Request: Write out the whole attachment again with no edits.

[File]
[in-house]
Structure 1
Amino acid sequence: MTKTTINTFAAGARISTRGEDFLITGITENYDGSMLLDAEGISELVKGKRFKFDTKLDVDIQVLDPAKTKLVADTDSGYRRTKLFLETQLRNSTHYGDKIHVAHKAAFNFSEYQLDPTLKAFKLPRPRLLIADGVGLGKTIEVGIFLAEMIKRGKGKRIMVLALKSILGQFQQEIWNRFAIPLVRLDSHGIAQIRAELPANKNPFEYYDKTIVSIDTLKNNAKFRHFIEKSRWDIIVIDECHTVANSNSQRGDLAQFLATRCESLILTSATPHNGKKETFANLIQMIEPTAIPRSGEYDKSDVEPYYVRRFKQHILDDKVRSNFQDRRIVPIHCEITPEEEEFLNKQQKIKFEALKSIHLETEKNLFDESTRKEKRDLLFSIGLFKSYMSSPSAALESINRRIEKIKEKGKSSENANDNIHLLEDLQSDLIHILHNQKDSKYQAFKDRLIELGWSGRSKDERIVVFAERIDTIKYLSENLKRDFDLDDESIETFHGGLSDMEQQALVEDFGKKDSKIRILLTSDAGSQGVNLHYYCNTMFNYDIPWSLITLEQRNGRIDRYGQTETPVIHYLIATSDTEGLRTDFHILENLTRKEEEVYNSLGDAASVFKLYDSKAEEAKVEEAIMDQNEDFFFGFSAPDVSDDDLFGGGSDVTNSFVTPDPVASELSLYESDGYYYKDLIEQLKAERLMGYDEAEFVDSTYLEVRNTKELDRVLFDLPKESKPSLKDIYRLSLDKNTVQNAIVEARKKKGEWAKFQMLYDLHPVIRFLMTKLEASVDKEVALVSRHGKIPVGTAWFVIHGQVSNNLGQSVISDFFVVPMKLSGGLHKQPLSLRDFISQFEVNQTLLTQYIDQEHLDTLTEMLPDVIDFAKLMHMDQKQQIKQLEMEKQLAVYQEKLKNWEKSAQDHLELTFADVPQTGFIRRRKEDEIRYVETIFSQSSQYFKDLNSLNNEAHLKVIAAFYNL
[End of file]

[in-house]
Structure 1
Amino acid sequence: MTKTTINTFAAGARISTRGEDFLITGITENYDGSMLLDAEGISELVKGKRFKFDTKLDVDIQVLDPAKTKLVADTDSGYRRTKLFLETQLRNSTHYGDKIHVAHKAAFNFSEYQLDPTLKAFKLPRPRLLIADGVGLGKTIEVGIFLAEMIKRGKGKRIMVLALKSILGQFQQEIWNRFAIPLVRLDSHGIAQIRAELPANKNPFEYYDKTIVSIDTLKNNAKFRHFIEKSRWDIIVIDECHTVANSNSQRGDLAQFLATRCESLILTSATPHNGKKETFANLIQMIEPTAIPRSGEYDKSDVEPYYVRRFKQHILDDKVRSNFQDRRIVPIHCEITPEEEEFLNKQQKIKFEALKSIHLETEKNLFDESTRKEKRDLLFSIGLFKSYMSSPSAALESINRRIEKIKEKGKSSENANDNIHLLEDLQSDLIHILHNQKDSKYQAFKDRLIELGWSGRSKDERIVVFAERIDTIKYLSENLKRDFDLDDESIETFHGGLSDMEQQALVEDFGKKDSKIRILLTSDAGSQGVNLHYYCNTMFNYDIPWSLITLEQRNGRIDRYGQTETPVIHYLIATSDTEGLRTDFHILENLTRKEEEVYNSLGDAASVFKLYDSKAEEAKVEEAIMDQNEDFFFGFSAPDVSDDDLFGGGSDVTNSFVTPDPVASELSLYESDGYYYKDLIEQLKAERLMGYDEAEFVDSTYLEVRNTKELDRVLFDLPKESKPSLKDIYRLSLDKNTVQNAIVEARKKKGEWAKFQMLYDLHPVIRFLMTKLEASVDKEVALVSRHGKIPVGTAWFVIHGQVSNNLGQSVISDFFVVPMKLSGGLHKQPLSLRDFISQFEVNQTLLTQYIDQEHLDTLTEMLPDVIDFAKLMHMDQKQQIKQLEMEKQLAVYQEKLKNWEKSAQDHLELTFADVPQTGFIRRRKEDEIRYVETIFSQSSQYFKDLNSLNNEAHLKVIAAFYNL